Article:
|Title||Neighborhood disadvantage and self-assessed health, disability, and depressive symptoms: longitudinal results from the health and retirement study.|
|Publication Type||Journal Article|
|Year of Publication||2010|
|Authors||M. Glymour, M, Mujahid, M, Wu, Q, White, K, Tchetgen, EJTchetgen|
|Date Published||2010 Nov|
|Keywords||Activities of Daily Living, Age Factors, Aged, Confidence Intervals, depression, Disabled Persons, Female, Health Status Disparities, Humans, Incidence, Logistic Models, Longitudinal Studies, Male, Middle Aged, Odds Ratio, Poverty, Residence Characteristics, Risk, Self-Assessment, Socioeconomic factors, Time Factors|
PURPOSE: By using a longitudinal cohort, we assessed the association between neighborhood disadvantage and incidence of poor health and function in three domains.
METHODS: More than 4,000 enrollees aged 55 to 65 years in the national Health and Retirement Study were assessed biennially from 1998 through 2006 for incidence of fair/poor self-rated health, elevated depressive symptoms, and limitations in six basic activities of daily living (disability). Each analysis was restricted to subjects without that condition in 1994 or 1996. Neighborhoods (census tracts, time-updated for moves), were considered disadvantaged if they fell below the 25th percentile in an index comprising six socioeconomic status indicators. Repeated measures logistic regressions, inverse probability weighted to account for individual confounders, selective survival, and loss to follow-up were used to estimate odds ratios (ORs) for incidence of each outcome in the wave after exposure to disadvantaged neighborhood.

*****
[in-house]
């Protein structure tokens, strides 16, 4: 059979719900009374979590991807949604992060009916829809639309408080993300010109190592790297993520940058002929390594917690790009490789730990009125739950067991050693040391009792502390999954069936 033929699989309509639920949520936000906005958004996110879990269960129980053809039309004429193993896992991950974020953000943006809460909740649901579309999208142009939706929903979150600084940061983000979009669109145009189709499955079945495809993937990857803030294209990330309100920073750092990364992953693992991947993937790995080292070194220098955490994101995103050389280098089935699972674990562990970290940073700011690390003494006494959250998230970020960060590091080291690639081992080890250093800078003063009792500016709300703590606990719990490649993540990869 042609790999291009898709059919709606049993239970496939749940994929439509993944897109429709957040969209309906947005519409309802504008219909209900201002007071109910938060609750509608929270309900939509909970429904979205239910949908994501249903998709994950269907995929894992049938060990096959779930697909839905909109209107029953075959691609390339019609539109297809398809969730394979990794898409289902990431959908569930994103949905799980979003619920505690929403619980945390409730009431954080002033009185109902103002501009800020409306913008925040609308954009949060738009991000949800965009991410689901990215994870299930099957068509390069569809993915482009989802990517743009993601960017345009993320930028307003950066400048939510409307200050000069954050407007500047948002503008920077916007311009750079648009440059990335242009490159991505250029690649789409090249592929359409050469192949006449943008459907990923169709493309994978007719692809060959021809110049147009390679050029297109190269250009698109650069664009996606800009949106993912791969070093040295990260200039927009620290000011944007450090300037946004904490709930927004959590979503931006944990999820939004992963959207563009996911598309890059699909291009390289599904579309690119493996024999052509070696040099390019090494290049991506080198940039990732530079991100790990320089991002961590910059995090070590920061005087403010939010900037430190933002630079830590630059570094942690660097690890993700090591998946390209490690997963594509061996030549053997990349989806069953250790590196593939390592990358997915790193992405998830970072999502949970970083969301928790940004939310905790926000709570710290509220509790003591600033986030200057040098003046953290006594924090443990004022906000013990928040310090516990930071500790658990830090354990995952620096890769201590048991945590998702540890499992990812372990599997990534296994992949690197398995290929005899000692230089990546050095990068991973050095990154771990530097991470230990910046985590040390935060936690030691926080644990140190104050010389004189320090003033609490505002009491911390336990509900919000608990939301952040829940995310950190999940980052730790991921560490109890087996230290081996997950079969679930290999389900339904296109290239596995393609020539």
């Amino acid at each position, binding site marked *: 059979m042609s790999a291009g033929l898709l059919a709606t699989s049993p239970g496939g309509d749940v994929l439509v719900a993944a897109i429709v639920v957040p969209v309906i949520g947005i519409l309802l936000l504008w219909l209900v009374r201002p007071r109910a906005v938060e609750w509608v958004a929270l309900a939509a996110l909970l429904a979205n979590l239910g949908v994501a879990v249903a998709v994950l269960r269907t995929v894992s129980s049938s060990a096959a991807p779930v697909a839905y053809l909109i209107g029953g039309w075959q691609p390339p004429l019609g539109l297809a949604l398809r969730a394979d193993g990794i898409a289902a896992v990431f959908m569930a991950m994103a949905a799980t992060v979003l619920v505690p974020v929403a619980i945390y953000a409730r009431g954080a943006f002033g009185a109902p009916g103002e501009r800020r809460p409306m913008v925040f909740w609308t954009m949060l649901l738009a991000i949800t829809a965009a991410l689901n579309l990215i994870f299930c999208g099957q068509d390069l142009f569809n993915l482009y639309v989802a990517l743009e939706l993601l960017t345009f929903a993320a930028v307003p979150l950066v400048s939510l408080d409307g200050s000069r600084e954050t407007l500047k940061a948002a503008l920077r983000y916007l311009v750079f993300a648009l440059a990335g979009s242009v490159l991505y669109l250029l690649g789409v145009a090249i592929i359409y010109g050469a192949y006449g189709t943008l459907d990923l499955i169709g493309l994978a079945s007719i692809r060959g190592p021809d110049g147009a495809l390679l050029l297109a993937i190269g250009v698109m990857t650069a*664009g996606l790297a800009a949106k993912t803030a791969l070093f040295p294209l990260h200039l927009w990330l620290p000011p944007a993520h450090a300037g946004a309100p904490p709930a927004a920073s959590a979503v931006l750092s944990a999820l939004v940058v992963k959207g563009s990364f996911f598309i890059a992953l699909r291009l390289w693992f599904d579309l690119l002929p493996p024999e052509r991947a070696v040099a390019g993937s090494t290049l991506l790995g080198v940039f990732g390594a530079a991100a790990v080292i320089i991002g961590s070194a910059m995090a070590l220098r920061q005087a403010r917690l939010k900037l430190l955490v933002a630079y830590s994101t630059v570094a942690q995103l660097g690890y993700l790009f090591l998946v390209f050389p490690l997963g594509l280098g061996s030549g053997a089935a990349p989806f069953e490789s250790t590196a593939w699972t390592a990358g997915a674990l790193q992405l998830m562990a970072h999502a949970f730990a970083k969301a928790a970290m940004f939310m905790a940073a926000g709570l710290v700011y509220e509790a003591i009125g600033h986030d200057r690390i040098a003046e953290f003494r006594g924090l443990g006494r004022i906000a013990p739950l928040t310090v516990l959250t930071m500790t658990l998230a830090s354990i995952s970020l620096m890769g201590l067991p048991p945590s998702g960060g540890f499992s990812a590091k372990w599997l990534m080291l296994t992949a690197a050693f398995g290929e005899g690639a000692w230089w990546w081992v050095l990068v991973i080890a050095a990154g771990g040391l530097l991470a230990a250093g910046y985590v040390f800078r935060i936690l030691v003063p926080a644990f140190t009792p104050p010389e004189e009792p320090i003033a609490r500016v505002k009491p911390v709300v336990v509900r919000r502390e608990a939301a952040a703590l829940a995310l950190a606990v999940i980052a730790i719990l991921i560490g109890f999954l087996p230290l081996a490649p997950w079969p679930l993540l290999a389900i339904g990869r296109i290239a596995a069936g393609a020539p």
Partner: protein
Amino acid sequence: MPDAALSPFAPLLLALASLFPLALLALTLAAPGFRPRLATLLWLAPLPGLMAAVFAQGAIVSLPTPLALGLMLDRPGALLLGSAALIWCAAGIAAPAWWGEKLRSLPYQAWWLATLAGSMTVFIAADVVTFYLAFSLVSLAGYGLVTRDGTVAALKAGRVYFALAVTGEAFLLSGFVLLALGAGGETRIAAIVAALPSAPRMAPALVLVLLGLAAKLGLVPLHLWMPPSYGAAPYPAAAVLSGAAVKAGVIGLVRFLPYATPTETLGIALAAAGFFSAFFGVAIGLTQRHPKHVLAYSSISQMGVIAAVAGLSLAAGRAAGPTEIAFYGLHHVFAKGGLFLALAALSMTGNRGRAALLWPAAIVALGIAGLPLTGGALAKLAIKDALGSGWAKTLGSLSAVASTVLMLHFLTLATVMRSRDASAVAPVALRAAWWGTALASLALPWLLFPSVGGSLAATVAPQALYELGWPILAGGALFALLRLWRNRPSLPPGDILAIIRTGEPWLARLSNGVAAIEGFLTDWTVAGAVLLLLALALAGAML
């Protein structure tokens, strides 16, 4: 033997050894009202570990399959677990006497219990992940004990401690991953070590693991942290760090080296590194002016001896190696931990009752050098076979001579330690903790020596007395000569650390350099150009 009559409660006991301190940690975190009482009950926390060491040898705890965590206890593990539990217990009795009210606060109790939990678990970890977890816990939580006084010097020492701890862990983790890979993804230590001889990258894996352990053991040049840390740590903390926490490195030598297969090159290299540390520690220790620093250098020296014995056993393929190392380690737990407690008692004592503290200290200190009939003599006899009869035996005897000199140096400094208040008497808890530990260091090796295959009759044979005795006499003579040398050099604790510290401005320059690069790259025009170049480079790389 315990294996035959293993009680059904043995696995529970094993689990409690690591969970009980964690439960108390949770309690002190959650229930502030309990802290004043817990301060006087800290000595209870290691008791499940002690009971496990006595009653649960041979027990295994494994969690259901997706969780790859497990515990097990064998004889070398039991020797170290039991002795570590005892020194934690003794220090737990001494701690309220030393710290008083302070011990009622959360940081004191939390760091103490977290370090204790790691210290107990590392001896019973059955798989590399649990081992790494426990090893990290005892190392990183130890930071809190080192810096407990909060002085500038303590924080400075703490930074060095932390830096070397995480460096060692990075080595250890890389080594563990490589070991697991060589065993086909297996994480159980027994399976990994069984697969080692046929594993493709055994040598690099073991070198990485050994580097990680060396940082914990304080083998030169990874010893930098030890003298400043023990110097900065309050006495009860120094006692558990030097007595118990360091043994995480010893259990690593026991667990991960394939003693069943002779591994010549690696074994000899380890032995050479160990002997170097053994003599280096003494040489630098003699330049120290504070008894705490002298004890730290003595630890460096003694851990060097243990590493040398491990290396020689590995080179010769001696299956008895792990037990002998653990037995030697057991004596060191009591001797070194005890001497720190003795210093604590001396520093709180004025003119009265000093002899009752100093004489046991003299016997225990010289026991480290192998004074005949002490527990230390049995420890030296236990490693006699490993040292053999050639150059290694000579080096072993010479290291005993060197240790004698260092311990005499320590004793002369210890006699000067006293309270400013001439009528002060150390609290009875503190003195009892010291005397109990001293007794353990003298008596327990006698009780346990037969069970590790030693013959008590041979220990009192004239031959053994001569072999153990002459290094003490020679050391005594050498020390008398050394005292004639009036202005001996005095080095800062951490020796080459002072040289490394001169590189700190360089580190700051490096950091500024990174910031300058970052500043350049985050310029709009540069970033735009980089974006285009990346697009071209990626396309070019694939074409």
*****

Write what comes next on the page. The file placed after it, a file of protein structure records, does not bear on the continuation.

RESULTS: After covariate adjustment, neighborhood disadvantage predicted onset of fair/poor SRH (OR, 1.36; 95% confidence interval, 1.15-1.59) but not disability (OR, 0.97; 0.81-1.16) or elevated depressive symptoms (OR, 0.97; 0.81-1.16).
CONCLUSIONS: Results confirmed previous findings that neighborhood disadvantage predicts self-rated health in a longitudinal context but did not support an association between neighborhood disadvantage and onset of disability or elevated depressive symptoms.
|User Guide Notes|
|Alternate Journal||Ann Epidemiol|
|PubMed Central ID||PMC3079486|
|Grant List||R21 AG034385 / AG / NIA NIH HHS / United States |
R21AG034385 / AG / NIA NIH HHS / United States